The Treasury is developing a web-based portal for individuals to provide their banking information to the IRS so rebates can be received via direct deposit rather than by check—look for this to become available in the coming weeks.

Payments received are treated as an advance refund payment of the taxpayer’s 2020 taxes.  When preparing your 2020 tax return, the recovery rebate amount will be recomputed based on your actual tax return filed for 2020. This amount will be compared to the advance payment you received in 2020, and if the advance payment you received was less than what you are owed in 2020, the difference will reduce your 2020 tax liability.  On the other hand, if the advance payment is greater than what you are owed based on your 2020 tax return, you are not required to recognize the excess as income. Taxpayers will not be required to repay any excess payment.

Using Retirement Funds for Coronavirus Costs

Distributions taken from a qualified retirement plan before the age of 59 ½ are subject to income tax, as well as a 10% early withdrawal penalty (with some exceptions), and the CARES act adds a new exception to the penalty; a taxpayer is allowed to take a “coronavirus-related distribution” of up to $100,000 in 2020 without penalty.  A “coronavirus-related distribution” is a distribution to an individual:

  • who is diagnosed with COVID-19 or SARS-COV-2 by a CDC approved test,
  • whose spouse or dependent is diagnosed with COVID-19 or SARS-COV-2 by a CDC approved test,
  • who experiences adverse financial consequences as a result of being quarantined, furloughed or laid off, relegated to reduced work hours, or unable to work due to not having childcare in place.

The distribution is still subject to income tax, but the penalty is waived. However, the Act allows the taxpayer to spread the income over a 3-year period beginning with the 2020 tax year. The taxpayer can elect not to have the 3-year spread apply, and to avoid recognizing income, the taxpayer has the option to repay the distribution to the retirement plan within 3 years of when the distribution was made.

The amount an individual may borrow from their retirement plan has been increased from $50,000 to $100,000. The loan must be made between March 27, 2020, and September 23, 2020.

Waiver of Required Minimum Distributions

Those taxpayers who must take a required minimum distribution (RMD) from their retirement plan are waived from this requirement for the 2020 tax year only. If someone has taken an RMD for 2020 or takes distributions periodically throughout the year, there is no provision to return money and forego the distribution retroactively.

This means that—while the changes are effective from January 1, 2020—there is no reference to an ability to repay any distributions to the plan after they have been paid out.

There may, however, be a way to address this issue if a taxpayer has already taken their required minimum distribution for 2020. The distribution would be eligible for a rollover into an IRA or other eligible retirement plan within 60 days of the distribution.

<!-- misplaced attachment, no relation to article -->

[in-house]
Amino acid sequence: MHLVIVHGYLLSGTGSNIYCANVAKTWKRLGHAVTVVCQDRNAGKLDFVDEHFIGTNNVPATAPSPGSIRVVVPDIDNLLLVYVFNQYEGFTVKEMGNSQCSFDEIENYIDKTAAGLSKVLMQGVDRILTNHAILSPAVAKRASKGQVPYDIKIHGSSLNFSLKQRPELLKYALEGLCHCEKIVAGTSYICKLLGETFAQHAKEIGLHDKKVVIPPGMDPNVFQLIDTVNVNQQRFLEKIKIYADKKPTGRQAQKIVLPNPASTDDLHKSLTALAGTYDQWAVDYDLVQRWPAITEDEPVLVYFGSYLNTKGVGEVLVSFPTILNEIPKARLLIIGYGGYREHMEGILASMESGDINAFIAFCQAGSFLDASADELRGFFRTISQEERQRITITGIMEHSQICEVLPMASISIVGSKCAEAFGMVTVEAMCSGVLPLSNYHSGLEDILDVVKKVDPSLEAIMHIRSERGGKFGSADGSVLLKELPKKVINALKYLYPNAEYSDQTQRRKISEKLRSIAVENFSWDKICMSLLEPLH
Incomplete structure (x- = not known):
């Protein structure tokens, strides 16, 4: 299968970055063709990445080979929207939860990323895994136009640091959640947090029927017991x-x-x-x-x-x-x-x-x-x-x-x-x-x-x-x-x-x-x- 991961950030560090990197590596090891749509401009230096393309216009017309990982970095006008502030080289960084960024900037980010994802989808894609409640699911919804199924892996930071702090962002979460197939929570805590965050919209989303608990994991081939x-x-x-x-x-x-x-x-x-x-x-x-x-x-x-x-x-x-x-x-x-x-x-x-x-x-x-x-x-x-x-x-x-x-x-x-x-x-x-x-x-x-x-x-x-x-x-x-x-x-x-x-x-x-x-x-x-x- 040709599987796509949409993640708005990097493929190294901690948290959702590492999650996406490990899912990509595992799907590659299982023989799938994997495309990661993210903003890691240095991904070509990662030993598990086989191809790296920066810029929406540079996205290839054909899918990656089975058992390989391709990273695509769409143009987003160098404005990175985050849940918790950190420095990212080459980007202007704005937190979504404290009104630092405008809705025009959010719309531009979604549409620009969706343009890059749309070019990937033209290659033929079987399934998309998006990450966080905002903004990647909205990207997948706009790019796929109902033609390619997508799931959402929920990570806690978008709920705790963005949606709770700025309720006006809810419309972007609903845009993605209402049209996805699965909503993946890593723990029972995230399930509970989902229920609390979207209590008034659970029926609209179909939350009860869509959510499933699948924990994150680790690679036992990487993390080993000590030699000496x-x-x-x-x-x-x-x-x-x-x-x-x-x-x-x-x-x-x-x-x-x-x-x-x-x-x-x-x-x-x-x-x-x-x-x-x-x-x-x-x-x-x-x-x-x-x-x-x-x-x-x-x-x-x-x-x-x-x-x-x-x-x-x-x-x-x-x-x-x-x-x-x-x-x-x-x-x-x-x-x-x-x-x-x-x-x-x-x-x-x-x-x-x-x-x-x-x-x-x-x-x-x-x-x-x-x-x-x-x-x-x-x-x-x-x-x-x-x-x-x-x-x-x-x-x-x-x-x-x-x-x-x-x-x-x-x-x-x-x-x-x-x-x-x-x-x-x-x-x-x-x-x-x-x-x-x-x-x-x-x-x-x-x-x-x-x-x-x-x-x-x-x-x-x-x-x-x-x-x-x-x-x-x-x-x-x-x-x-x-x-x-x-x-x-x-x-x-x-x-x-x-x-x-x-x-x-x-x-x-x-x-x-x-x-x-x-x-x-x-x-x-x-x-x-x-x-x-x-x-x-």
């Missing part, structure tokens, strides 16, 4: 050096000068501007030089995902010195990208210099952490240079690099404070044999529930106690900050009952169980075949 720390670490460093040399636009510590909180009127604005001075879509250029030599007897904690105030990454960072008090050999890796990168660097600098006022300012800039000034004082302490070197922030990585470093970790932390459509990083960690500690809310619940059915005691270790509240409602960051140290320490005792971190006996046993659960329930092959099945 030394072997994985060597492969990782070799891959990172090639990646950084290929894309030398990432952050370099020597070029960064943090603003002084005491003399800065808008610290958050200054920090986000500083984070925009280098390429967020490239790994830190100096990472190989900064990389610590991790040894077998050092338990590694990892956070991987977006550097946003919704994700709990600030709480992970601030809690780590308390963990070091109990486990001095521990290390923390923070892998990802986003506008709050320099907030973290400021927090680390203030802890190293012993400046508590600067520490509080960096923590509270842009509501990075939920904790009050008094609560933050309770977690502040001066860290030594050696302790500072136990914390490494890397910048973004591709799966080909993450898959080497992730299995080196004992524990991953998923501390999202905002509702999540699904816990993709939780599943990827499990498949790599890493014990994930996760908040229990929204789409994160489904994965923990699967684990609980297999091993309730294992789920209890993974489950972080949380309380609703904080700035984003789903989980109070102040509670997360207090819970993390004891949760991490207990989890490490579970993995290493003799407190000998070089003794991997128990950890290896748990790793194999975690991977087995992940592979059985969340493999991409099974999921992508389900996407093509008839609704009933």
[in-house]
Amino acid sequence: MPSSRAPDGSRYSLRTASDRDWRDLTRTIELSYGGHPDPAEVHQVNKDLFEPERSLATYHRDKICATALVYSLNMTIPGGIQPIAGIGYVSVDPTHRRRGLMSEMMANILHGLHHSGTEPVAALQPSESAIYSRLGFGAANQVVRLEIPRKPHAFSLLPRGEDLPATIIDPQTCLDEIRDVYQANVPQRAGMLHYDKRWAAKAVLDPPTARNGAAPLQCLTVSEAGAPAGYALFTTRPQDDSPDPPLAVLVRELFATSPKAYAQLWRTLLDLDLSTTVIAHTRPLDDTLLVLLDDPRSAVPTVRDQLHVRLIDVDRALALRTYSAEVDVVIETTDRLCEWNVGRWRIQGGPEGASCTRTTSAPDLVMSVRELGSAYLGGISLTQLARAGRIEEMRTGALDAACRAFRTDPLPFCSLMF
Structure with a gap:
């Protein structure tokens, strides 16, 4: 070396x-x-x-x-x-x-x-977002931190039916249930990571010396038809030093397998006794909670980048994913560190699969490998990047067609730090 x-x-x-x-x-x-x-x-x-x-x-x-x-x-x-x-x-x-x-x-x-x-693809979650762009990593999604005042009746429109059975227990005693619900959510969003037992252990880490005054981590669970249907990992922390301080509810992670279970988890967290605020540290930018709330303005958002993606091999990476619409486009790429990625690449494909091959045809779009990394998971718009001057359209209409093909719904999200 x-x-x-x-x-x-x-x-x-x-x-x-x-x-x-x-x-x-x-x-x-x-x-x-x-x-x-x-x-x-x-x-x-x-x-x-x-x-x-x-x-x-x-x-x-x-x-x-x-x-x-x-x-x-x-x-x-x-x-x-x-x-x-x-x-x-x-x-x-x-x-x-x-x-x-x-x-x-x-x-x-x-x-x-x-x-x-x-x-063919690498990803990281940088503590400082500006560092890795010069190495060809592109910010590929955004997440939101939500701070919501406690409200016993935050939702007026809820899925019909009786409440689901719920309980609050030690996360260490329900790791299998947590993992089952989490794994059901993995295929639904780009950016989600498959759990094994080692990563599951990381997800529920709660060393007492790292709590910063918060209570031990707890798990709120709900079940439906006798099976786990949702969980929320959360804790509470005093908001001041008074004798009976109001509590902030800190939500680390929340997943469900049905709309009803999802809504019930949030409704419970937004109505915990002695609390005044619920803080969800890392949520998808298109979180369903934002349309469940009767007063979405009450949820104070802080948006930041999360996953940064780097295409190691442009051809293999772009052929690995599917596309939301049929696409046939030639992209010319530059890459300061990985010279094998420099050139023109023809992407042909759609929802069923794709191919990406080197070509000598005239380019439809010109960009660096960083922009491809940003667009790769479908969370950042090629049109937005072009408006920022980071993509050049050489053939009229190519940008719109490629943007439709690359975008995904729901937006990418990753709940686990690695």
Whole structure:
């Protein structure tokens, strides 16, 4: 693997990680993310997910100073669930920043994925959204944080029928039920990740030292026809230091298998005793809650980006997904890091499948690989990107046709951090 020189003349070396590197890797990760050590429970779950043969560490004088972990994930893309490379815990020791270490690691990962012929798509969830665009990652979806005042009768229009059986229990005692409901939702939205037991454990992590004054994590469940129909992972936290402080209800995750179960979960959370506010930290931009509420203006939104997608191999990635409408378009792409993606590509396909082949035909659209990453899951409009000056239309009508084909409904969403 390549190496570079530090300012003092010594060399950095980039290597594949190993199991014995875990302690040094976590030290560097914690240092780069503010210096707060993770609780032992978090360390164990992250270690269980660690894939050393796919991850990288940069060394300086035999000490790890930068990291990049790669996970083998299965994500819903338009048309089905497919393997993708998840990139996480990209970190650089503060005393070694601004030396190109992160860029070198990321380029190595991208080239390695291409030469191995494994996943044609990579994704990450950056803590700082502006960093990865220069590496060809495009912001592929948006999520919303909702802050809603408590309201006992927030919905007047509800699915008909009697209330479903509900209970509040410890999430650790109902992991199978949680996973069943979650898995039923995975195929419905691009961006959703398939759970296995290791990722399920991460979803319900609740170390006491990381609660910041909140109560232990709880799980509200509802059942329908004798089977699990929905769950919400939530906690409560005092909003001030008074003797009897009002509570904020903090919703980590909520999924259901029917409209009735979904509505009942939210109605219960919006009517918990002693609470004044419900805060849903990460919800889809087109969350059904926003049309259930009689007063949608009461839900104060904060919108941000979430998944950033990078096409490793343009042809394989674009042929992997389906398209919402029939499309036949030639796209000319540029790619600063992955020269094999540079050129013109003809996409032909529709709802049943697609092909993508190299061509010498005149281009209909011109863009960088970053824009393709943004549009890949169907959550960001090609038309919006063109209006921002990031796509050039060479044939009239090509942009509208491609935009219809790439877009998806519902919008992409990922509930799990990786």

However, this option is not available for beneficiaries who have taken an RMD from an inherited IRA. Also, note that taxpayers cannot utilize the 60-day rollover window more than once in a 12-month period.

Charitable Contributions

For the tax year 2020 and beyond, an above-the-line deduction (before AGI) of up to $300 is allowed for cash contributions to certain qualified charities. This deduction is in addition to the standard deduction and is only available for taxpayers who do not itemize their deductions. 

For taxpayers who do itemize, the law temporarily allows for charitable contributions to be deducted up to 100% of their adjusted gross income (AGI)—prior to the Act, cash contributions made to public charities were limited to 60% of the taxpayer’s AGI.

Contributions to new or existing donor-advised funds do not qualify for either the above-the-line deduction or the 100% of AGI limitation.

Student Loan Assistance From Employers

Generally, if someone pays a debt on your behalf you have taxable income. Under the Act, in 2020 there is an exclusion from income of employer payment of employee student loan debt; an employer can pay up to $5,250 of an employee’s student loan tax-free. To the extent an employee’s loan is paid tax-free, the employee cannot deduct the interest paid on the student loan. This provision modifies an existing rule which allows an employer to pay up to $5,250 of an employee’s qualified educational expenses, tax-free to the employee—but this is now a combined limit. The employer can pay towards both an employee’s student loan and education expenses, but the maximum combined amount tax-free to the employee is $5,250.

Additional Resources and Information

As the nation responds to the coronavirus crisis, we want to ensure that you have access to the information you may require to help you make informed decisions. A collection of Covid-19 resources and information is available by clicking here.


Meagan Weber, CPA, MBT

Meagan Weber, CPA, MBT

Meagan Weber is a director and leads the personal tax service area. She specializes in high net worth individual tax compliance and planning, gift and trust compliance and planning, and wealth transfer planning. Meagan has provided public accounting services since 2008 and has been at Redpath and Company since 2014.